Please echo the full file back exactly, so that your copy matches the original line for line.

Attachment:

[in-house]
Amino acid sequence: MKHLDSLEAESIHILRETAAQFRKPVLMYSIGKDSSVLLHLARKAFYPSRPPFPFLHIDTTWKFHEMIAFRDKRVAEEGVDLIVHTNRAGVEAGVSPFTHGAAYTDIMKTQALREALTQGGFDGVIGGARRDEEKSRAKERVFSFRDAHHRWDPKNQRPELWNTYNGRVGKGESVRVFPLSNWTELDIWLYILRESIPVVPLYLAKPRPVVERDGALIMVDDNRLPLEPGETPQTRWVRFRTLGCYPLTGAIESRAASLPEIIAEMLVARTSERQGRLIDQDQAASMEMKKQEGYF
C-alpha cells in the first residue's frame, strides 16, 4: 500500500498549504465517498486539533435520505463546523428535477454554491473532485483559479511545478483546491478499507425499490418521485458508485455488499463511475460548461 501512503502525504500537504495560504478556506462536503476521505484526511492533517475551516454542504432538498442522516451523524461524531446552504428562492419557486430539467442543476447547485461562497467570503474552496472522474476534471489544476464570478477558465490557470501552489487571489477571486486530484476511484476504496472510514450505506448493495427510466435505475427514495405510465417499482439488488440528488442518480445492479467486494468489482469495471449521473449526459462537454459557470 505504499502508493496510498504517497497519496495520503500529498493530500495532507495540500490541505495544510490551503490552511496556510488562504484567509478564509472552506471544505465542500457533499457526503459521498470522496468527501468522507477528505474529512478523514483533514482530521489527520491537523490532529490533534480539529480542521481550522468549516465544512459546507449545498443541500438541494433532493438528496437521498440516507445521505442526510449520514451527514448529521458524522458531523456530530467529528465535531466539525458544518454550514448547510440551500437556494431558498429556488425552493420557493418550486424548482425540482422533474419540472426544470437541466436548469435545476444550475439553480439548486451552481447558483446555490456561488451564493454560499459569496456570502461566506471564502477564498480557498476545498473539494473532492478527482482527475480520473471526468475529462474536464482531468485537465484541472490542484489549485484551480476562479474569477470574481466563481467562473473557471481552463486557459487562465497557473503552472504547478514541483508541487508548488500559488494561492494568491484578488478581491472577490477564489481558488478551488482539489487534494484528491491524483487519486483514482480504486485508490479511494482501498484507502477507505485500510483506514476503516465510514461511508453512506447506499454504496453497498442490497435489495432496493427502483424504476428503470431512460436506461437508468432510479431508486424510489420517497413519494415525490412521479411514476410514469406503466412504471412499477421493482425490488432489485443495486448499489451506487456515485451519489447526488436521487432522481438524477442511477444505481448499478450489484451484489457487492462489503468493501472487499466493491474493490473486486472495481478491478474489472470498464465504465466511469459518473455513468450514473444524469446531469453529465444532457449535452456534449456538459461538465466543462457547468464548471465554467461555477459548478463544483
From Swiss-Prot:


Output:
[in-house]
Amino acid sequence: MKHLDSLEAESIHILRETAAQFRKPVLMYSIGKDSSVLLHLARKAFYPSRPPFPFLHIDTTWKFHEMIAFRDKRVAEEGVDLIVHTNRAGVEAGVSPFTHGAAYTDIMKTQALREALTQGGFDGVIGGARRDEEKSRAKERVFSFRDAHHRWDPKNQRPELWNTYNGRVGKGESVRVFPLSNWTELDIWLYILRESIPVVPLYLAKPRPVVERDGALIMVDDNRLPLEPGETPQTRWVRFRTLGCYPLTGAIESRAASLPEIIAEMLVARTSERQGRLIDQDQAASMEMKKQEGYF
C-alpha cells in the first residue's frame, strides 16, 4: 500500500498549504465517498486539533435520505463546523428535477454554491473532485483559479511545478483546491478499507425499490418521485458508485455488499463511475460548461 501512503502525504500537504495560504478556506462536503476521505484526511492533517475551516454542504432538498442522516451523524461524531446552504428562492419557486430539467442543476447547485461562497467570503474552496472522474476534471489544476464570478477558465490557470501552489487571489477571486486530484476511484476504496472510514450505506448493495427510466435505475427514495405510465417499482439488488440528488442518480445492479467486494468489482469495471449521473449526459462537454459557470 505504499502508493496510498504517497497519496495520503500529498493530500495532507495540500490541505495544510490551503490552511496556510488562504484567509478564509472552506471544505465542500457533499457526503459521498470522496468527501468522507477528505474529512478523514483533514482530521489527520491537523490532529490533534480539529480542521481550522468549516465544512459546507449545498443541500438541494433532493438528496437521498440516507445521505442526510449520514451527514448529521458524522458531523456530530467529528465535531466539525458544518454550514448547510440551500437556494431558498429556488425552493420557493418550486424548482425540482422533474419540472426544470437541466436548469435545476444550475439553480439548486451552481447558483446555490456561488451564493454560499459569496456570502461566506471564502477564498480557498476545498473539494473532492478527482482527475480520473471526468475529462474536464482531468485537465484541472490542484489549485484551480476562479474569477470574481466563481467562473473557471481552463486557459487562465497557473503552472504547478514541483508541487508548488500559488494561492494568491484578488478581491472577490477564489481558488478551488482539489487534494484528491491524483487519486483514482480504486485508490479511494482501498484507502477507505485500510483506514476503516465510514461511508453512506447506499454504496453497498442490497435489495432496493427502483424504476428503470431512460436506461437508468432510479431508486424510489420517497413519494415525490412521479411514476410514469406503466412504471412499477421493482425490488432489485443495486448499489451506487456515485451519489447526488436521487432522481438524477442511477444505481448499478450489484451484489457487492462489503468493501472487499466493491474493490473486486472495481478491478474489472470498464465504465466511469459518473455513468450514473444524469446531469453529465444532457449535452456534449456538459461538465466543462457547468464548471465554467461555477459548478463544483
From Swiss-Prot: